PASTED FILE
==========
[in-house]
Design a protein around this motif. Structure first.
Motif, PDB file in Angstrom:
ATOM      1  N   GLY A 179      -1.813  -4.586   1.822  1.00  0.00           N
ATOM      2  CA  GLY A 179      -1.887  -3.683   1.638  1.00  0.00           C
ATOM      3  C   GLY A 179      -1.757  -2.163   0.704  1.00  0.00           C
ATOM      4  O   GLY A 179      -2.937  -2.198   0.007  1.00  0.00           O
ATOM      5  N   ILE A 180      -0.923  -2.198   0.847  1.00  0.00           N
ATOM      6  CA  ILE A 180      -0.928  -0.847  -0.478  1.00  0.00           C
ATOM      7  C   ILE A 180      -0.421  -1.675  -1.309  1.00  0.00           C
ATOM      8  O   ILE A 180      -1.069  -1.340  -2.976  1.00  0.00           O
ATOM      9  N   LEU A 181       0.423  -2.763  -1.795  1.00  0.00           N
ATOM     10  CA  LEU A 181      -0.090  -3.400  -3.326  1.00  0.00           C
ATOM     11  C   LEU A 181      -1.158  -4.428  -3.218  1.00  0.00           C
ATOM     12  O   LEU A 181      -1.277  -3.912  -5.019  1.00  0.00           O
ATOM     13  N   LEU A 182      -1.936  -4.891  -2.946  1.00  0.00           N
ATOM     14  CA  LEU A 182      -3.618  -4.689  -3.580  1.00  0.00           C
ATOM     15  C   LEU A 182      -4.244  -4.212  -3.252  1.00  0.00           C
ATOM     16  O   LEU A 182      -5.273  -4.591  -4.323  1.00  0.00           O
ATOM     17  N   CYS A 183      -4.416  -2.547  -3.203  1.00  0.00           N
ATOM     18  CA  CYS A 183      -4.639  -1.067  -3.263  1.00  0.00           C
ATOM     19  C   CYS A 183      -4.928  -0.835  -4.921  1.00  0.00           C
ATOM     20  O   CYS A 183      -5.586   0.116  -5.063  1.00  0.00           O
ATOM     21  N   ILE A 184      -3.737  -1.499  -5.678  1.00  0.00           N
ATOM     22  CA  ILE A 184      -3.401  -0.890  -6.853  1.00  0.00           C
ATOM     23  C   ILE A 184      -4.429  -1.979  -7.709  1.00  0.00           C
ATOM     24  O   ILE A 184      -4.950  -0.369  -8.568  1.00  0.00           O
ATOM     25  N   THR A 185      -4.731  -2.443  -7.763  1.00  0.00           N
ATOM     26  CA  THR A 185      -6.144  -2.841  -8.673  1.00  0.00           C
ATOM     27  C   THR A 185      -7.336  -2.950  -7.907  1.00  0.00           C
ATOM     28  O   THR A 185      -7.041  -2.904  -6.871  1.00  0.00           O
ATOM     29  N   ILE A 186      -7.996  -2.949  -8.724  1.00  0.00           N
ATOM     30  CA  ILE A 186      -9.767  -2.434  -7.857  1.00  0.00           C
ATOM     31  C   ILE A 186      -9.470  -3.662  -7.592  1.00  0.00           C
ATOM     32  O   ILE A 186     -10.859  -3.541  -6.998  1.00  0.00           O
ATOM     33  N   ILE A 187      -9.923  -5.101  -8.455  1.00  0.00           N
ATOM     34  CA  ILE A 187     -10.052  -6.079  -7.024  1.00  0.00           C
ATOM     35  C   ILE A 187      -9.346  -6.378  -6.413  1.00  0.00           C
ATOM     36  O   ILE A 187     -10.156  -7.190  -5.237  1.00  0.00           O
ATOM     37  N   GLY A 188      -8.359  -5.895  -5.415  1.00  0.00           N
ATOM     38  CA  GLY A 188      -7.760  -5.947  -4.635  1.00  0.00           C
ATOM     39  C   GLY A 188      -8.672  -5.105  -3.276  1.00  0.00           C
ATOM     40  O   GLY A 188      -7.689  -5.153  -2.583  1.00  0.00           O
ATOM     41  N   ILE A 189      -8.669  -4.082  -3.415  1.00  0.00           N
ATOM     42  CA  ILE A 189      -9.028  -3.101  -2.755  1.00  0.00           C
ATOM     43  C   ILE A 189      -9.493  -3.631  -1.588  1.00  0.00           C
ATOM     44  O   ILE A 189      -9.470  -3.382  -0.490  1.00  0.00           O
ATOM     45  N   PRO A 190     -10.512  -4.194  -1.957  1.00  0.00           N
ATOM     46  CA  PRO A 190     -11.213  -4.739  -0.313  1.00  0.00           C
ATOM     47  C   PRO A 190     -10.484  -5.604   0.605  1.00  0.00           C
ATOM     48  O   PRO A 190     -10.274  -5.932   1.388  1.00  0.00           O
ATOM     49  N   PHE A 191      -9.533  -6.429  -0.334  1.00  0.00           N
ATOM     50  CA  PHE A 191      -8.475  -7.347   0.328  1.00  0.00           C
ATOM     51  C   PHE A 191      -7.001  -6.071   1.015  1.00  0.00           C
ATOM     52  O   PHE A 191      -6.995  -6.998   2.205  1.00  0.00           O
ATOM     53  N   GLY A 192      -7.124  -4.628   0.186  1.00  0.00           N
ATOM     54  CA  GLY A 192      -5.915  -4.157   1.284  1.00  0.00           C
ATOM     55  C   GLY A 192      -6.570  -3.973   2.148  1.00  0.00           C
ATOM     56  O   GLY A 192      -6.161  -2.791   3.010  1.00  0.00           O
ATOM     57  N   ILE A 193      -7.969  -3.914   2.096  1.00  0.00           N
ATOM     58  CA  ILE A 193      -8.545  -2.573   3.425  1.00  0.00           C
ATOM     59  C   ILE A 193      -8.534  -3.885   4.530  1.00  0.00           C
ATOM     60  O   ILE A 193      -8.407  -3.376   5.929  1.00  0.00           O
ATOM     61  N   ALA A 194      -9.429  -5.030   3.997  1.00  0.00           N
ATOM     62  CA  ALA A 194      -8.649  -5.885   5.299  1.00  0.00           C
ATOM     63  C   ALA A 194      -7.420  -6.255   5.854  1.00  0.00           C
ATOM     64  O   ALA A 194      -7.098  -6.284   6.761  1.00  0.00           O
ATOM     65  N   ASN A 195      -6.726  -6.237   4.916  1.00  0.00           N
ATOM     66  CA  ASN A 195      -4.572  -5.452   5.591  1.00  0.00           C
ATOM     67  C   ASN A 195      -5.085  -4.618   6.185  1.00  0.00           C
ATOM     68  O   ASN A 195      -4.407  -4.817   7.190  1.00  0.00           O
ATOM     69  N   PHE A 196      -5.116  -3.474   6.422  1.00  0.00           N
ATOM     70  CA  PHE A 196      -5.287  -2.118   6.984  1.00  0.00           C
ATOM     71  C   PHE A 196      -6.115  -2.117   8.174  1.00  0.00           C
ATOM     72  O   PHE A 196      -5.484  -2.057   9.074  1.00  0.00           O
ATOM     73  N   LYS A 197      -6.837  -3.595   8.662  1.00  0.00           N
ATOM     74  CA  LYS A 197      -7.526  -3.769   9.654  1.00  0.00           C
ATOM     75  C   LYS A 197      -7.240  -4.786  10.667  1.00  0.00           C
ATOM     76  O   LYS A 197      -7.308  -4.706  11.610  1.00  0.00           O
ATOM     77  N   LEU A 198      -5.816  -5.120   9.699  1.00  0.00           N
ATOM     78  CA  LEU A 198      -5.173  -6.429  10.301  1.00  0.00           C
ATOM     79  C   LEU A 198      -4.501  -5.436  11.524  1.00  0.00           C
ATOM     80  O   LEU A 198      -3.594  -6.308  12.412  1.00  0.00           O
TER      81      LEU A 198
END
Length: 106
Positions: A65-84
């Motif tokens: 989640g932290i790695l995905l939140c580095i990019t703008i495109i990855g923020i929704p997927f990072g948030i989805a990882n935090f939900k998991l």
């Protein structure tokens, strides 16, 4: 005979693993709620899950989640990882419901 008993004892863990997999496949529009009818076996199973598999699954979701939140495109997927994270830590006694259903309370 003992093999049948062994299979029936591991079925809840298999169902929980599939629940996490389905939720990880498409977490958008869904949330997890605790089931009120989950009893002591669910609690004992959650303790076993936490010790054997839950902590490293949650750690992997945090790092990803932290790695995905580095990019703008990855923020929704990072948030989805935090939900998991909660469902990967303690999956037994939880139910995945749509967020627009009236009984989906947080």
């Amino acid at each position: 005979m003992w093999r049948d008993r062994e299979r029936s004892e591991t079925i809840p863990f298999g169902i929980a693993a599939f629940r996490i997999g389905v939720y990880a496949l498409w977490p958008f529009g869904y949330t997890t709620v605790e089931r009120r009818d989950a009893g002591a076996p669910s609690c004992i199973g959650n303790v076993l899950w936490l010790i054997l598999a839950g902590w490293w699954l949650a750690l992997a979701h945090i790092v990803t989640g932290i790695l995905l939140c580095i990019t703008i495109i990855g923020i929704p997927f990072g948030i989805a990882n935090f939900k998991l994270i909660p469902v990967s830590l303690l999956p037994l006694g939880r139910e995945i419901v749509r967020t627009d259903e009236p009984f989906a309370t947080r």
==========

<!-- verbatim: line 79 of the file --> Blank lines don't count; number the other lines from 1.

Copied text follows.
ATOM     76  O   LYS A 197      -7.308  -4.706  11.610  1.00  0.00           O